Lawmakers are pushing for a $25 billion cash injection to the Postal Service as part of another forthcoming stimulus package.
President Trump this week dismissed requests for emergency funding for the cash-strapped U.S. Postal Service, attributing its financial woes to mismanagement as the agency sounds the alarm about the negative impacts of the novel coronavirus pandemic.
Prior to the passage of the Coronavirus Aid, Relief, and Economic Security Act, House Democrats unveiled a plan for a different stimulus package that included a $25 billion cash injection into the Postal Service. The Senate compromise left that provision out, instead providing USPS with a $10 billion line of credit. In a letter to congressional leadership on Tuesday, a group of House Democrats renewed their push for a $25 billion appropriation in a forthcoming “phase four” coronavirus relief bill expected to receive a vote in the coming days.
Asked about that proposal on Tuesday, Trump said the Democrats were taking the wrong approach.
“They have to raise their prices,” Trump said. “Otherwise, they’re just going to lose a lot of money. And tell your Democrat friend that he ought to focus on that, because if he focused on that, he could truly save the Post Office. The Post Office has been losing billions of dollars a year for many, many years. And have him take a look at that, because that’s the way to solve the problem.”
The president repeated a debunked claim that USPS is improperly taking a loss on its deliveries for large-scale shippers like Amazon.
“If they’d raise the prices by actually a lot, then you’d find out that the Post Office could make money or break even,” Trump said. “But they don’t do that. And I’m trying to figure out why.”
The president criticized the “independent boards” that govern USPS rates, referring to the agency’s board of governors and the independent Postal Regulatory Commission. He falsely claimed the members of those panels were appointed by “other administrations;” all five of the current Senate-confirmed members of the USPS board were nominated by Trump, while he nominated three of the five PRC commissioners. The Postal Service has sought more autonomy in setting its rates, though PRC has mandated that some caps remain in place. Other stakeholders have cautioned that raising prices too dramatically will disincentivize large-scale mailers from using the Postal Service and encourage ecommerce giants like Amazon to expedite the development of their own delivery networks.
Rep. Gerry Connolly, D-Va., who has spearheaded the call for a postal stimulus in light of declining revenue during the coronavirus crisis, said Trump’s answer was an evasion.
“He didn’t answer directly,” Connolly said. “Instead, he ranted about raising rates on American customers. The Postal Service is in crisis and needs assistance.” He added that Trump’s plan for USPS is “to simply privatize it,” referring to a 2018 White House government reorganization plan that included such a proposal.
Dave Partenheimer, a USPS spokesman, said the borrowing authority the agency received could be insufficient to keep it operational.
“The Postal Service appreciates the inclusion of limited emergency borrowing authority,” Partenheimer said. “However, the Postal Service remains concerned that this measure will be insufficient to enable the Postal Service to withstand the significant downturn in our business that could directly result from the pandemic. Under a worst case scenario, such a downturn could result in the Postal Service having insufficient liquidity to continue operations.”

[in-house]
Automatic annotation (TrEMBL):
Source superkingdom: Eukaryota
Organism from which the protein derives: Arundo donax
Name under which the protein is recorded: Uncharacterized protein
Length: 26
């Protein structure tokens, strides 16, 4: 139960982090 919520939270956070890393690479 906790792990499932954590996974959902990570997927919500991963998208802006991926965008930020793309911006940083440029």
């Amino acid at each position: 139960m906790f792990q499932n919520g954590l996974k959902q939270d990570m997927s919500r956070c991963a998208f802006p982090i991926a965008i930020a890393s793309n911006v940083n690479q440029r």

In his letter this week, co-written by Rep. Carolyn Maloney, chairwoman of the House Oversight and Reform Committee and five other Democrats, Connolly also suggested Congress appropriate $250 million to pay for unfunded mandates lawmakers have imposed on USPS, shift postal retirees to Medicare as their primary health care insurer and enable the mailing agency to conduct more non-postal business.
“Increased lending authority is insufficient to ensure that the Postal Service can continue to operate,” the lawmakers said, highlighting a Postal Service analysis that found it would be unable to operate past this summer without additional funds. “As the coronavirus continues to worsen, the Postal Service projects a possible 50% decline in mail volume between now and the end of the current fiscal year.”
It is unfair to bail out the airline industry while leaving the 630,000 USPS employees and the industry they support hanging in the balance, the House members said.
“Postal workers are on the frontlines of this crisis, delivering essential information, packages and services to the American people,” they wrote. “ We cannot afford to lose this massive infrastructure, with access to every resident and business in the country.”
Partenheimer said the Postal service is providing “an essential public service in the midst of this pandemic,” but that service could be in danger going forward.
“We continue to see a rapid decline in mail volume and a significant loss in revenue due to the national decline in economic activity resulting from the COVID-19 pandemic, which puts our ongoing ability to provide our vital federal service at risk,” he said. “We will continue to work with policymakers to ensure that Americans have access to the mail during this critical time in our nation’s history.”
In addition to its financial struggles, USPS has faced concerns among its workers for their own safety. Employees at some postal locations have reported insufficient equipment and supplies to fight off the spread of the coronavirus, and hundreds of employees have contracted COVID-19, the disease that results from the virus.